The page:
The Liberator

Students show diversity through art

Hanif Amanullah, Staff Writer

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On Oct. 20, one of the Austin Public Library’s art galleries was abuzz with the sounds of stand up poetry, short films and the chatter of excited viewers. Inside, people milled about, asking questions, speaking with each other and admiring the art of students participating in the DiversiTEENS Art Showcase.

The exhibition, organized by LASA junior Jamie Corum, took place in mid October with dozens of library-goers stop by the teen art installations. The goal of the project was to showcase students’ art and highlight the messages expressed within them.

“I’ve interviewed people, I’ve shelved books, I’ve held staff programs,” said Corum, who is an intern at the library. “But this is the big project of the summer.”

Corum’s showcase, which brought together high school students from all over Austin, was held in the library’s second floor art gallery and featured a wide array of mediums for teens to share their stories. The exhibition formed through outreach with the goal of getting teens involved, according to Corum.

“I think there’s a pretty good representation of mediums here,” Corum said. “I opened it up to the public, and I did outreach. I contacted different local Austin organizations to ask them to get their teens to participate, and then I did advertisement on social media.”

The American Library Association was able to give her a budget and supplies for her DiversiTEENS participants to create with.

“The students really did set this up themselves,” Adrian Perez, a Youth Technology Librarian, said. “They had some guidance from library staff, but all we did was give them what they needed to create.”

In addition to visual art, creators also chose to write poetry as part of their exhibit. Travis High School senior Maya Jackson said that poetry has provided an outlet for her to express herself in a different medium.

“I got into poetry when I was young, in middle school,” Jackson explained. “I’m really bad at talking to people, so writing poetry is a good way of communicating for me.”

Jackson was not the only one who emphasized the importance of spreading personal beliefs through art either for fun or to express deeper thoughts. McCallum High School junior Shoshana Kyme also said that in her fellow artists’ art, as well as her own, the most important component was the thought and emotion behind it.

“With anyone’s art or music there’s creativity, and some want to share it behind it,” Kyme said. “If you don’t, that makes it even more important to share. Because that means you’ve put more emotion into it, and if you are comfortable showing it, you should show it.”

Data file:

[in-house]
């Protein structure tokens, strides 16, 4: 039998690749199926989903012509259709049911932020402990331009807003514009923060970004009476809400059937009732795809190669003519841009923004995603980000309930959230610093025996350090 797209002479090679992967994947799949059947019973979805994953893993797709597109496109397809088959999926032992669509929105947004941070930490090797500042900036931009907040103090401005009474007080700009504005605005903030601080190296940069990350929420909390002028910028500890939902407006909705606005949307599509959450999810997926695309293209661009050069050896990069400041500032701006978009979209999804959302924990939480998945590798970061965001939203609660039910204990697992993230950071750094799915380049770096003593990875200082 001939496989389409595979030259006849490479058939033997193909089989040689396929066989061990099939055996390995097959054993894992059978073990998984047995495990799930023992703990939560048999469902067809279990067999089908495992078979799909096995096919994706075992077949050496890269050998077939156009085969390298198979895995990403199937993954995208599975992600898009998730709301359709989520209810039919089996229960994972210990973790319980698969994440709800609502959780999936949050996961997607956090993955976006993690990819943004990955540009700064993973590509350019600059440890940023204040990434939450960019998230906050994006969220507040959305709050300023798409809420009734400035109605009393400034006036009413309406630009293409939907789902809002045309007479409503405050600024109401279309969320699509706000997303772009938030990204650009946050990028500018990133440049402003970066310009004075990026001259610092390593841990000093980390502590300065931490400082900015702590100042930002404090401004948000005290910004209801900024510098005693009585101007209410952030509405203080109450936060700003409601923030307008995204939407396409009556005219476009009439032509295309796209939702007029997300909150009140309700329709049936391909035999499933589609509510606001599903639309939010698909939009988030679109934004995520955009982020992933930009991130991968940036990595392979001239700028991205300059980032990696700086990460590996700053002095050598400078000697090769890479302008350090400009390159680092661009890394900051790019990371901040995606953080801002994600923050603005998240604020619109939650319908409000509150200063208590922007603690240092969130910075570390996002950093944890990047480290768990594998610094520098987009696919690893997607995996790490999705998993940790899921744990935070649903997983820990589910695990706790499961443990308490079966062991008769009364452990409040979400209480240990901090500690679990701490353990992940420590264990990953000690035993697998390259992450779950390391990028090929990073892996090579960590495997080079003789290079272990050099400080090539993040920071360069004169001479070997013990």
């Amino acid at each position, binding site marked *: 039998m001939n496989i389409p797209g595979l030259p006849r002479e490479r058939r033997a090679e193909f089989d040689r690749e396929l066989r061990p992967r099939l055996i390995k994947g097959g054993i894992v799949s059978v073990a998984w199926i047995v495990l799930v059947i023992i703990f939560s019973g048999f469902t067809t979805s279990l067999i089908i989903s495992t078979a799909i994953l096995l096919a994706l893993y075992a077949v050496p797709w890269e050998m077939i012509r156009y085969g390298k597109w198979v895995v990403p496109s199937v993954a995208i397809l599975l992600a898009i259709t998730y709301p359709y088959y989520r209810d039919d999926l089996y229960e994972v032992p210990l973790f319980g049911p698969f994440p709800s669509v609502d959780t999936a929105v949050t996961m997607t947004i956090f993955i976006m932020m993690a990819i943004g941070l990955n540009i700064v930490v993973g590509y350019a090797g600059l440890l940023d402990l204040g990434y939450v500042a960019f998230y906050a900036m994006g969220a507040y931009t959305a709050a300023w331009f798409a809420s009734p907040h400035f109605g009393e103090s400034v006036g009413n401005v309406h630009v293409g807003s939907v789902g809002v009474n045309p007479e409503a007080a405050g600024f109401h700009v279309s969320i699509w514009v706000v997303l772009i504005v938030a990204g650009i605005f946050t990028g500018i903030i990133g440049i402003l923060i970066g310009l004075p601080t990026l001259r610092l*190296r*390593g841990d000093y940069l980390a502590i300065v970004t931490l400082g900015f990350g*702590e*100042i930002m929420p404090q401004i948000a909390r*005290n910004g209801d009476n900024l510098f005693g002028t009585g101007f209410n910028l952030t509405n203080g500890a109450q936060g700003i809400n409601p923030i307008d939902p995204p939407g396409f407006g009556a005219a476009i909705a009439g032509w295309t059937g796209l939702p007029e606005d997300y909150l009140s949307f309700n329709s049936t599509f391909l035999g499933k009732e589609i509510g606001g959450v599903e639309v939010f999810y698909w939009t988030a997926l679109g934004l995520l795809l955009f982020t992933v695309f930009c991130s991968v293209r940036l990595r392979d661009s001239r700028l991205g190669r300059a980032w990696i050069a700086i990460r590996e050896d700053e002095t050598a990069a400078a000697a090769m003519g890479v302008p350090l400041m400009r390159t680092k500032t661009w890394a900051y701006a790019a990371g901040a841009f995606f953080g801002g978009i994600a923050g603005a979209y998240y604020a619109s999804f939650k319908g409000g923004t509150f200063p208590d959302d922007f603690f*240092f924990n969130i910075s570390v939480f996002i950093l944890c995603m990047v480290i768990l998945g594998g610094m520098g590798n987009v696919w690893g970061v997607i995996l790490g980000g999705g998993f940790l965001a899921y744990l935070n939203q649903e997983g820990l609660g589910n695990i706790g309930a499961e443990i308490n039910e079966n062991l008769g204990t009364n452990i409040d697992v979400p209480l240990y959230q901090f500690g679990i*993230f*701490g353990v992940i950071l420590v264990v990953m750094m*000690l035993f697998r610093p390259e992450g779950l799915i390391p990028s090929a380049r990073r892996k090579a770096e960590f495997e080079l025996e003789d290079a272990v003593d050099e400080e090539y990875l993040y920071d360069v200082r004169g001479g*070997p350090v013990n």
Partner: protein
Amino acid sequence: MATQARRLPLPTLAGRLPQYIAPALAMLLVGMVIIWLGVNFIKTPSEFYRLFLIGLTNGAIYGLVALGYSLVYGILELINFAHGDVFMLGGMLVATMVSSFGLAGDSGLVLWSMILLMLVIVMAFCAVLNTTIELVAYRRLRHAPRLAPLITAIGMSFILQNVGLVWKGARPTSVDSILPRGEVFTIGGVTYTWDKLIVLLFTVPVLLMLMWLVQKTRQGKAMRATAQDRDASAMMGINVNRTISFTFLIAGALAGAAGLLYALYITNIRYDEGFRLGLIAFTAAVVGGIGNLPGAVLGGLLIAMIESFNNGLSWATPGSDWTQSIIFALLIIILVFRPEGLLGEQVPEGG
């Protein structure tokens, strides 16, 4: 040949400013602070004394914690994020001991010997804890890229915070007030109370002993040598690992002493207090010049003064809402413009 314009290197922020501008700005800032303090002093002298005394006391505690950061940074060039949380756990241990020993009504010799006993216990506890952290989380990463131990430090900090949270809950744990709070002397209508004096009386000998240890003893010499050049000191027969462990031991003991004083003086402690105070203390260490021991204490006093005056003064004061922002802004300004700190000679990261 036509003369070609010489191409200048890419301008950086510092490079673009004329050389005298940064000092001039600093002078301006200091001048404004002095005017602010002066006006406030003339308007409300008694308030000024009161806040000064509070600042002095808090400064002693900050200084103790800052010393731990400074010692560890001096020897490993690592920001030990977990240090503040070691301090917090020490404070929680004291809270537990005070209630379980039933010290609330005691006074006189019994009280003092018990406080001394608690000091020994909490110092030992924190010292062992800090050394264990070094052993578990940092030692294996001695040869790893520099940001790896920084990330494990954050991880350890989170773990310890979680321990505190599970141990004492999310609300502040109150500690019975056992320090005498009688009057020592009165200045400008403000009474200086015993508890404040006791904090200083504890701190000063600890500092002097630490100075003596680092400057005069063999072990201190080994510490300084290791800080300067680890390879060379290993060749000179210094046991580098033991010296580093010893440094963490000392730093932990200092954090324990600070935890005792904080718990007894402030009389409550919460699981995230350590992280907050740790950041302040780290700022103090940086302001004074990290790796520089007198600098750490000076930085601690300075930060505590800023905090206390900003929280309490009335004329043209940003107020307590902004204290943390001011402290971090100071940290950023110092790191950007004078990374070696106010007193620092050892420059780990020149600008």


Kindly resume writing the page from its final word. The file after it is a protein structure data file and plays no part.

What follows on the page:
LASA junior Ben Baskin found himself pouring emotion from the 2016 US presidential election into a poem written in the style of Dr. Seuss.

“Of course I was frustrated about what was happening at the moment, and I also just needed to write,” Baskin said. “It didn’t start off as a Dr. Seuss style poem. It just started off as me writing a poem. Then I realized it sounded like Dr. Seuss. And it really fits, with these ‘goofy’ characters.”

Though students like Baskin found that their subject was better suited for a lighthearted path, he said that his and other students’ presentations carried an undercurrent of importance.

“Teens have had one of the biggest influences in history,” Ben Baskin said. “There’s so much erasure of that. People forget that young people were the people who made changes.”

Anderson High School junior Zayne Lumpkin’s central factor for participating in the showcase was the influence young people have..

“I’ve written a fair amount of poetry, and though I’ve never really performed it, I will say the reception’s been pretty positive,” Lumpkin said. “My perspective is a perspective, same as anyone else’s. And I might not be as wise as someone older than me, but of course a lack of wisdom is a perspective unto itself. It’s the very, almost generic message of ‘we’re all different’. It sounds cliche but it really is the meat of the situation we have here.”

LASA junior Zoe Dubin emphasized the power of art in a non majority-teen setting.

“For me, art is a great way to take my mind off of school other and stressful things,” Dubin said. “Teens have a lot of stressful experiences in their lives, from school and home. It’s just a space you set out for yourself to do poems, art, film or whatever, and to express yourself.”

Corum feels giving teens the space to display their art is valuable.

“I think it’s really important for teens to know how to express themselves,” Corum said. “I think their voices oftentimes get shut down, or just don’t get heard as much, or not respected, because of their age. There’s kind of a mindset of ‘you’re going through a lot of things, and you’re hormonal’ and people don’t understand that our views and our experiences are just as valid as anybody else’s. So I think giving them the space to do that is very important.”

Baskin said that people like Corum, who organize spaces for teen students to not only show but articulate their ideas, are doing invaluable work in the community.

“I think giving young people a hand in the arts is one of the most strengthening power moves anybody can do.”

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Students show diversity through art